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They modify the soil of the Moon and grow potatoes there, this is what they became

Growing plants on lunar soil will soon no longer be science fiction. Scientists may have found a solution that will one day make it possible to feed a colony of astronauts on the Moon…

With its dusty and desert landscapes, the Moon does not seem to be the ideal place to get started in growing crops. lunar surface… If you look closely at photos of the lunar surface, you will notice that the ground is covered with a layer of dust, that the It is called "golith", and which is not very welcoming to plants due to its mineral composition. It contains a lot of phosphorus, a crucial element in plant growth. , fertilizing the soil of the Moon is becoming a central issue for the next long-term lunar missions. Given scientific advances, this preposterous idea seems less and less fanciful and we'll explain why.

It all started in 2022, when a scientific study reached growing lady's cress, a plant species close to cabbages and mustard, in samples of lunar soil related to the during the missions Apollo. But the young shoots developed with difficulty: they grew slowly and had a stunted appearance. Indeed, the lunar soil samples contained phosphorus in an insoluble form that could not be absorbed by plants. D'où “the interest in modifying the chemical properties of the lunar soil to make it more welcoming” the magazine then explained Science and the Future.

They modify the soil of the Moon and grow potatoes there, this is what they became

Results of the 2023 experiment, during which plants sown in fertilized soil were grown. grew better (bottom line) than in unfertilized lunar soil. by bacteria (top line). © Yitong et al., Communications biology, CC BY-SA 4.0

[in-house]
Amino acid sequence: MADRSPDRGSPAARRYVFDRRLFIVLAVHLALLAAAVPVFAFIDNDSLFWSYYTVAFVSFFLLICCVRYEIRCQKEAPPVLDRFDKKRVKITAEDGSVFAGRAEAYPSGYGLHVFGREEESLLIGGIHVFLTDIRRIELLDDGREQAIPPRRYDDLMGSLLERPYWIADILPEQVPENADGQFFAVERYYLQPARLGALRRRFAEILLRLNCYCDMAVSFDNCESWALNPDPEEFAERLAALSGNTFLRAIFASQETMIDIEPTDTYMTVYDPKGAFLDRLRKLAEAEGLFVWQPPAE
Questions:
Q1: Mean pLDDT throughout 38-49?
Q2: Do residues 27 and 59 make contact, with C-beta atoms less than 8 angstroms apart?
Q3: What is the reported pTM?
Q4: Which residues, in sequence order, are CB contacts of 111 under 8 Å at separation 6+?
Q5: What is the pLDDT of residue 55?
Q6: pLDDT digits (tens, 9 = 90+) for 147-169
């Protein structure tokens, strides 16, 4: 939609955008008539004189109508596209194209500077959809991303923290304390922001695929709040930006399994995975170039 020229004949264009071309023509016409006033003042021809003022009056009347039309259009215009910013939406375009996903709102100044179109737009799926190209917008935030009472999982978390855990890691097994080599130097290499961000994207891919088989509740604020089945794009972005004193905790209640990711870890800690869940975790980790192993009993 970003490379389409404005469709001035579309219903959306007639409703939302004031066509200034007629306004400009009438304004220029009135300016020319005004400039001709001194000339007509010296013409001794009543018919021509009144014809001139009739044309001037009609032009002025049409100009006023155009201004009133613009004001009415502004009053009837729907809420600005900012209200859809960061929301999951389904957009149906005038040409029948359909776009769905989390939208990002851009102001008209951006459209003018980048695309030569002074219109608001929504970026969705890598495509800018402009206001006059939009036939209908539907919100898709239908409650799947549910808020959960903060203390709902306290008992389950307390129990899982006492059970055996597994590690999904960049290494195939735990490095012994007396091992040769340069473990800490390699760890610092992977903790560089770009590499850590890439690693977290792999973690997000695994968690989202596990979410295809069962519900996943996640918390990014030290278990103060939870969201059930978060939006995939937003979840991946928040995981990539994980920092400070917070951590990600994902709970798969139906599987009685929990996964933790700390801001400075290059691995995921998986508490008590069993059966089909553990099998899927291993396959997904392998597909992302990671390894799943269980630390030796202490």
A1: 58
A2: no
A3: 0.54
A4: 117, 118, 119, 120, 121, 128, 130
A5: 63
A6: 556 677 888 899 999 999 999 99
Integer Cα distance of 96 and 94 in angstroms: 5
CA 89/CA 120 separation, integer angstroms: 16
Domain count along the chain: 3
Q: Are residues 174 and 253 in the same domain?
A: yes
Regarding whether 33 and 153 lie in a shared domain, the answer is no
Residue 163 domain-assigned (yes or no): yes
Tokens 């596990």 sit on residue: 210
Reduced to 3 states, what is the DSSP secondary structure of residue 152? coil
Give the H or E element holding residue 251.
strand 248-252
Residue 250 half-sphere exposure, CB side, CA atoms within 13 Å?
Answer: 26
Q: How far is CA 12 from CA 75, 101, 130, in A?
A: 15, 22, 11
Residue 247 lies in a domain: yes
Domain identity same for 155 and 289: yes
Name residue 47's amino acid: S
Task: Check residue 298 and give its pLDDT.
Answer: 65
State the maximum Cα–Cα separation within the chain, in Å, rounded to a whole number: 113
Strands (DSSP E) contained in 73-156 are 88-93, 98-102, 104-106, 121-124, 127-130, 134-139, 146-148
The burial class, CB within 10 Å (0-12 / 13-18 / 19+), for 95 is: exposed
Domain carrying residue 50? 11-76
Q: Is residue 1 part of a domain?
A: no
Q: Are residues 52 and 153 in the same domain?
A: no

In a new Chinese study published in November 2023 in the journal Communication Biology, scientists attempted to oacute; to solve this problem by using three bacteria that modify the acidity of the body. of the lunar soil, allowing the release of the phosphorus necessary for plant development. The researchers thus obtained plants with longer roots and larger leaves. These bacteria could therefore serve as fertilizer for the regolith in future lunar greenhouses!

If the experience has not yet been completed, attempted with potato seedlings, but with a plant species from the tobacco family, this discovery opens up interesting perspectives for future lunar colonies. With the delay of the next manned missions like those of NASA's Artemis program, scientists still have time ahead of them to look into the cultivation of other species that will make it possible to feed the astronauts of tomorrow.

Teilor Stone

By Teilor Stone

Teilor Stone has been a reporter on the news desk since 2013. Before that she wrote about young adolescence and family dynamics for Styles and was the legal affairs correspondent for the Metro desk. Before joining Thesaxon , Teilor Stone worked as a staff writer at the Village Voice and a freelancer for Newsday, The Wall Street Journal, GQ and Mirabella. To get in touch, contact me through my teilor@nizhtimes.com 1-800-268-7116